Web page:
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Year : 2020  |  Volume : 63  |  Issue : 5  |  Page : 5-6
Recent advances in gynecologic oncopathology

Department of Surgical Pathology, Tata Memorial Centre, HBNI University, Mumbai, Maharashtra, India

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Date of Web Publication26-Feb-2020

How to cite this article:
Rekhi B. Recent advances in gynecologic oncopathology. Indian J Pathol Microbiol 2020;63, Suppl S1:5-6

How to cite this URL:
Rekhi B. Recent advances in gynecologic oncopathology. Indian J Pathol Microbiol [serial online] 2020 [cited 2023 Jun 7];63, Suppl S1:5-6. Available from:

Over the years, significant advances have appeared in gynecologic oncopathology, especially with regards to the changing trends of cancers developing in different regions of the female genital tract (cervical, endometrial, ovarian, and vulvar), as well as specific managements for individual tumor subtypes.

It has been reported that uterine cancer, especially cervical cancer mortality rates are declining in East Asia, while uterine corpus cancer mortality has relatively increased. Ovarian cancer mortality has been stable.[1] Among various gynecological cancers in Indian population, there has been an increasing trend in the incidence rate of ovarian cancer in most of the registries.[2] Accordingly, over the years there have been developments and updates relating to the diagnosis of these tumors.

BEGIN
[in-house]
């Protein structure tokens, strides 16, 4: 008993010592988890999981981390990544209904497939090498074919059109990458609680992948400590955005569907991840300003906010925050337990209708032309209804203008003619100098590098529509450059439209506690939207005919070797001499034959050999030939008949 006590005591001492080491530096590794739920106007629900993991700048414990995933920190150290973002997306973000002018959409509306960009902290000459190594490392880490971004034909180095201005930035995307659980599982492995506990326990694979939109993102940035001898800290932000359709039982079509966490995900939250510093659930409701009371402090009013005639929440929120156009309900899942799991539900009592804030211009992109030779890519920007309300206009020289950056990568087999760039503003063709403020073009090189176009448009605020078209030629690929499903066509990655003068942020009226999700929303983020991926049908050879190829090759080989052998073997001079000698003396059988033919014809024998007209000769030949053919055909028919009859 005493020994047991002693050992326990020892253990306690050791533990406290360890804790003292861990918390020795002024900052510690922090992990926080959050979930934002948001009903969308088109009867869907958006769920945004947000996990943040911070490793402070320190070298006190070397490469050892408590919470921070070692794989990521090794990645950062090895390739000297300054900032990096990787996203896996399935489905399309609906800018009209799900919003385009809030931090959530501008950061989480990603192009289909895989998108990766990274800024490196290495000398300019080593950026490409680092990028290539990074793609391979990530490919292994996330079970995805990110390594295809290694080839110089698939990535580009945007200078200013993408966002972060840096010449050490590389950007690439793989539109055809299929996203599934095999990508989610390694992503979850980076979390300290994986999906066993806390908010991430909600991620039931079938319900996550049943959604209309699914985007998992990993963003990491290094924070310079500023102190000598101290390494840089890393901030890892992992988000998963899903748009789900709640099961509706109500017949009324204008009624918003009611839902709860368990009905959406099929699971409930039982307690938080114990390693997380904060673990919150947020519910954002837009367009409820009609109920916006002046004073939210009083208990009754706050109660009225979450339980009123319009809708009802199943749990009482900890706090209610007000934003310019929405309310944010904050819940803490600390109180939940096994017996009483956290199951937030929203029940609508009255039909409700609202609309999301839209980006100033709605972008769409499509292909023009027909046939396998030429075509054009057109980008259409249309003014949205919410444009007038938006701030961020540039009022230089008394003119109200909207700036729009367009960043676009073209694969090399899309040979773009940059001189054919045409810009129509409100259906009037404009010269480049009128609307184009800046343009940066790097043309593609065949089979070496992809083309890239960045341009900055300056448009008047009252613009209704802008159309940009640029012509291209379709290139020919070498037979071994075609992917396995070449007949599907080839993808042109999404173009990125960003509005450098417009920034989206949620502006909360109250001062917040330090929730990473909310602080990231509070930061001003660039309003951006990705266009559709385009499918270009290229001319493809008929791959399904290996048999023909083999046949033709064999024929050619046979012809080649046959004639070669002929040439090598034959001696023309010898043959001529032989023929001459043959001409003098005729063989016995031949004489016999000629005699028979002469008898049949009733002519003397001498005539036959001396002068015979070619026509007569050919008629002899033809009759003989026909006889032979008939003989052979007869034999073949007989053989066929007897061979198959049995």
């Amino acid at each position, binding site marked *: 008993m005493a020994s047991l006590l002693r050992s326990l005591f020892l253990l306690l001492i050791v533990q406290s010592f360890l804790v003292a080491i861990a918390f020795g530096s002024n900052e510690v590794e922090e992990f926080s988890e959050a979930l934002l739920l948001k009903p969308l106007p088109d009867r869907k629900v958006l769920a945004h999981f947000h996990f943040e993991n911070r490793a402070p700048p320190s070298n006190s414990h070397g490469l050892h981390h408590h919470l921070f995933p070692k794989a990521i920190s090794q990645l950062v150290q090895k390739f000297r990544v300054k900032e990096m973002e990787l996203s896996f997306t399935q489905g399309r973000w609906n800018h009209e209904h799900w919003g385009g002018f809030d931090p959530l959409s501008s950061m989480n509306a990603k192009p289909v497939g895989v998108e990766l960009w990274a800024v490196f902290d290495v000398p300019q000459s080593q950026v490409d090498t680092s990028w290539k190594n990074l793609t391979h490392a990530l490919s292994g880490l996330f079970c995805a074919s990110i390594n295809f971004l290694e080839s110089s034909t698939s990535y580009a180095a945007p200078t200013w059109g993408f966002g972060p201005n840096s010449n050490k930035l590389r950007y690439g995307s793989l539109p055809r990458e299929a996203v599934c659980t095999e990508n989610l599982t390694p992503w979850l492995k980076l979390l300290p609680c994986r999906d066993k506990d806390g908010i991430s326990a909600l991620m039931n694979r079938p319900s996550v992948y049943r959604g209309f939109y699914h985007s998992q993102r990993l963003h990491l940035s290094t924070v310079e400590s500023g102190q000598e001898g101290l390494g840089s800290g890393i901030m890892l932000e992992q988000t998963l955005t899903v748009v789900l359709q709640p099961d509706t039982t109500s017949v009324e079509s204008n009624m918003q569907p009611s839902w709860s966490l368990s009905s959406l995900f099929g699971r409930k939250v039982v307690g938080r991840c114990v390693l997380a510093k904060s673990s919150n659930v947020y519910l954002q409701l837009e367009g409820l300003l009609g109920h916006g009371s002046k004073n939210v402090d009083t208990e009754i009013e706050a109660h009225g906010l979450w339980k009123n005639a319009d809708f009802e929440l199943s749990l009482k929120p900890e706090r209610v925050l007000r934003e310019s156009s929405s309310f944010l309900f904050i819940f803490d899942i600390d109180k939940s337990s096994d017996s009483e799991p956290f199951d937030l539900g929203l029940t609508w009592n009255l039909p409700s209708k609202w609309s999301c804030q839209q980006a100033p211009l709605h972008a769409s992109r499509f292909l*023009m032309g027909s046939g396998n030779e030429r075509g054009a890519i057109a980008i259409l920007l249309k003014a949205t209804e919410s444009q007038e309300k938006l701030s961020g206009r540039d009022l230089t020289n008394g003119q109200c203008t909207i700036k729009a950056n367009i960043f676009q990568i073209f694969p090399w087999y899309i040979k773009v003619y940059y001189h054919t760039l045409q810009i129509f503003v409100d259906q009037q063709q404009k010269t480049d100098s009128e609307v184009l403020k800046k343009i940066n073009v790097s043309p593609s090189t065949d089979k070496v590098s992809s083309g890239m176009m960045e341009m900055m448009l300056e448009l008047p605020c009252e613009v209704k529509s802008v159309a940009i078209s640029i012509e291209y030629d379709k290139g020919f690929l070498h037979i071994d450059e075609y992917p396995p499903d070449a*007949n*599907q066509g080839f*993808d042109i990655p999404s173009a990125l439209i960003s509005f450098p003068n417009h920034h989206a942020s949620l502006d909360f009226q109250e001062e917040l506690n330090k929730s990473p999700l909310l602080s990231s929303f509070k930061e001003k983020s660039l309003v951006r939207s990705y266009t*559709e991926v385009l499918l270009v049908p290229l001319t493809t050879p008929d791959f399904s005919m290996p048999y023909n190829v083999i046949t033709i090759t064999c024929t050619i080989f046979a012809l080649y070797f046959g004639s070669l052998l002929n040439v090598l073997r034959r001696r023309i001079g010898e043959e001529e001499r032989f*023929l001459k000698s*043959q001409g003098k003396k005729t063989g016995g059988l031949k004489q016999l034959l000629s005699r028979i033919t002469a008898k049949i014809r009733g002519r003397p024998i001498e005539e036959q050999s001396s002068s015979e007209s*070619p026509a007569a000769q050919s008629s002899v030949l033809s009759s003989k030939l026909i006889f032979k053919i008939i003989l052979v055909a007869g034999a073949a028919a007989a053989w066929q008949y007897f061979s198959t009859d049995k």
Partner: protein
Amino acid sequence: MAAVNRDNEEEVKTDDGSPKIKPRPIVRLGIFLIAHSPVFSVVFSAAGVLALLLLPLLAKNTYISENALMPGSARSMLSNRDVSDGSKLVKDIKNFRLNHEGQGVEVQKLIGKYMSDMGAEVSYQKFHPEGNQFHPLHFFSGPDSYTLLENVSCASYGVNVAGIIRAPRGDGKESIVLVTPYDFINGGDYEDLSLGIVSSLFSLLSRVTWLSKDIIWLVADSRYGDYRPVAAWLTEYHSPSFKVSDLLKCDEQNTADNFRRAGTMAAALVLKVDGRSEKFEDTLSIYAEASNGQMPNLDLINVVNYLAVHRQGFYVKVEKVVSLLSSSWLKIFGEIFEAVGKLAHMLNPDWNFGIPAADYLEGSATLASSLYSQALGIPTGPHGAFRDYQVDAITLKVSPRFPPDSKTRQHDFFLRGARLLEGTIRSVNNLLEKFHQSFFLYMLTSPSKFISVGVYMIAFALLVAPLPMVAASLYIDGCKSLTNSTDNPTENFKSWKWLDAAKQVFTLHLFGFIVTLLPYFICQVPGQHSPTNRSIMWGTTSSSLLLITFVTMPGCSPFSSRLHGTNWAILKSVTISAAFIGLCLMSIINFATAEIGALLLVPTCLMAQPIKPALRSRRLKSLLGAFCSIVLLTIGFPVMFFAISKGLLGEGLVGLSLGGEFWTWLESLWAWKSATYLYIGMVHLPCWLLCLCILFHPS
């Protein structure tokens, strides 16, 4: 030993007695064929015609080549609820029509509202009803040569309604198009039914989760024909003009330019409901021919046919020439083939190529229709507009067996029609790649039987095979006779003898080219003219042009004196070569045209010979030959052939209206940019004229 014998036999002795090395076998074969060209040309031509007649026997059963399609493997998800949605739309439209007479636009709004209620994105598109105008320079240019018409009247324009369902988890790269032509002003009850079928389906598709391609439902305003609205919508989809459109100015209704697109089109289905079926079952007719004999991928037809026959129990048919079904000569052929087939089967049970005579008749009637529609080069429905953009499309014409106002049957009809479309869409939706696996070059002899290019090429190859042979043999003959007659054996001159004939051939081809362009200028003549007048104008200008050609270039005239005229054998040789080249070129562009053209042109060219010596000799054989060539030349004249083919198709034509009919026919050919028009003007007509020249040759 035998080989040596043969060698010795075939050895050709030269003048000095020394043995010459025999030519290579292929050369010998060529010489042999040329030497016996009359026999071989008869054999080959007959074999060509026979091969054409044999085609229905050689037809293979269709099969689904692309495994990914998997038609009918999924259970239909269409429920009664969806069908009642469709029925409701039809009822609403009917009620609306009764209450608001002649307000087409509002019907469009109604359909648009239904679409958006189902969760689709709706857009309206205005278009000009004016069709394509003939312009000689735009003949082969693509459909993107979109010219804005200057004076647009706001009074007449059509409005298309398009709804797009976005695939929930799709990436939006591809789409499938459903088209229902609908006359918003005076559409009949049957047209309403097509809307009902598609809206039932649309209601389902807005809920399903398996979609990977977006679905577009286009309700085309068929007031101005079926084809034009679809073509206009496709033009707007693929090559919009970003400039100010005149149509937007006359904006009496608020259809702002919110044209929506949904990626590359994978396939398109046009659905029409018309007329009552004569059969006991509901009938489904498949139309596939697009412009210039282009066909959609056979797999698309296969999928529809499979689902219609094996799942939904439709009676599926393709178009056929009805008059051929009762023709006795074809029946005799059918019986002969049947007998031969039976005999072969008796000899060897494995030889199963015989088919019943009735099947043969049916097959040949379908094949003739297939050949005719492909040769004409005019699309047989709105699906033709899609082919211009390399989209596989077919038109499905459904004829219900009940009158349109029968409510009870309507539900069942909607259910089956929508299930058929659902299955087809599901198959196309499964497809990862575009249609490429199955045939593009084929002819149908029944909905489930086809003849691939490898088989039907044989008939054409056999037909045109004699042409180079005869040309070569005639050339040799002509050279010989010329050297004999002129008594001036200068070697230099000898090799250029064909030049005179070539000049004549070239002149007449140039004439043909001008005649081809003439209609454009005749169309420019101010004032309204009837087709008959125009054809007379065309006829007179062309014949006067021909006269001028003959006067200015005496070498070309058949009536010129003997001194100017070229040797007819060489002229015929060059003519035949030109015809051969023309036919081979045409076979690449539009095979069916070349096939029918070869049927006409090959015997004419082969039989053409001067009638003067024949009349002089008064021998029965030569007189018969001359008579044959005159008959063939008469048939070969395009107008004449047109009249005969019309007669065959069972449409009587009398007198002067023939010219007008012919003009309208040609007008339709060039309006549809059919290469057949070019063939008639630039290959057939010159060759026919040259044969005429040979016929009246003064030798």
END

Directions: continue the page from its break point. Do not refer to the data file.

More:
Cervical cancer is declining in urban population, in contrast to rural population, where it seems to have a high prevalence. Despite cervical cancer being one of the preventable cancers, there has been a challenge in the implementation of a nationwide quality assured cervical cancer screening in India. Various screening techniques for cervical cancer include Papanicolaou (Pap) test, visual inspection of cervix, and Human Papilloma virus (HPV) DNA testing with variable sensitivities, and specificities, including higher specificity, but relatively lower sensitivity for conventional Pap test.[3],[4] The updated version of the Bethesda System (TBS) for reporting of cervicovaginal smears appeared in 2014.[5] The other changes that have occurred over the years include increased use of liquid-based cytology (LBC), incorporation of co-testing (Pap and high-risk HPV) and of late, primary high-risk HPV screening. P16INK4 is a useful surrogate marker for testing HPV infection. According to the LAST (Lower Anogenital Squamous Terminology Standardization Project) recommendation, this immunohistochemical antibody marker should be tested in cases of diagnostic difficulty between preinvasive cancer (intraepithelial neoplasia grade 2 or 3) and mimics (invariably benign) of these lesions, namely, atrophy, squamous metaplasia, tangential cut sections, and reactive/reparative changes. A diffuse block p16 staining in conjunction with morphological features is interpreted as precancer (high-grade squamous intraepithelial lesion).[6]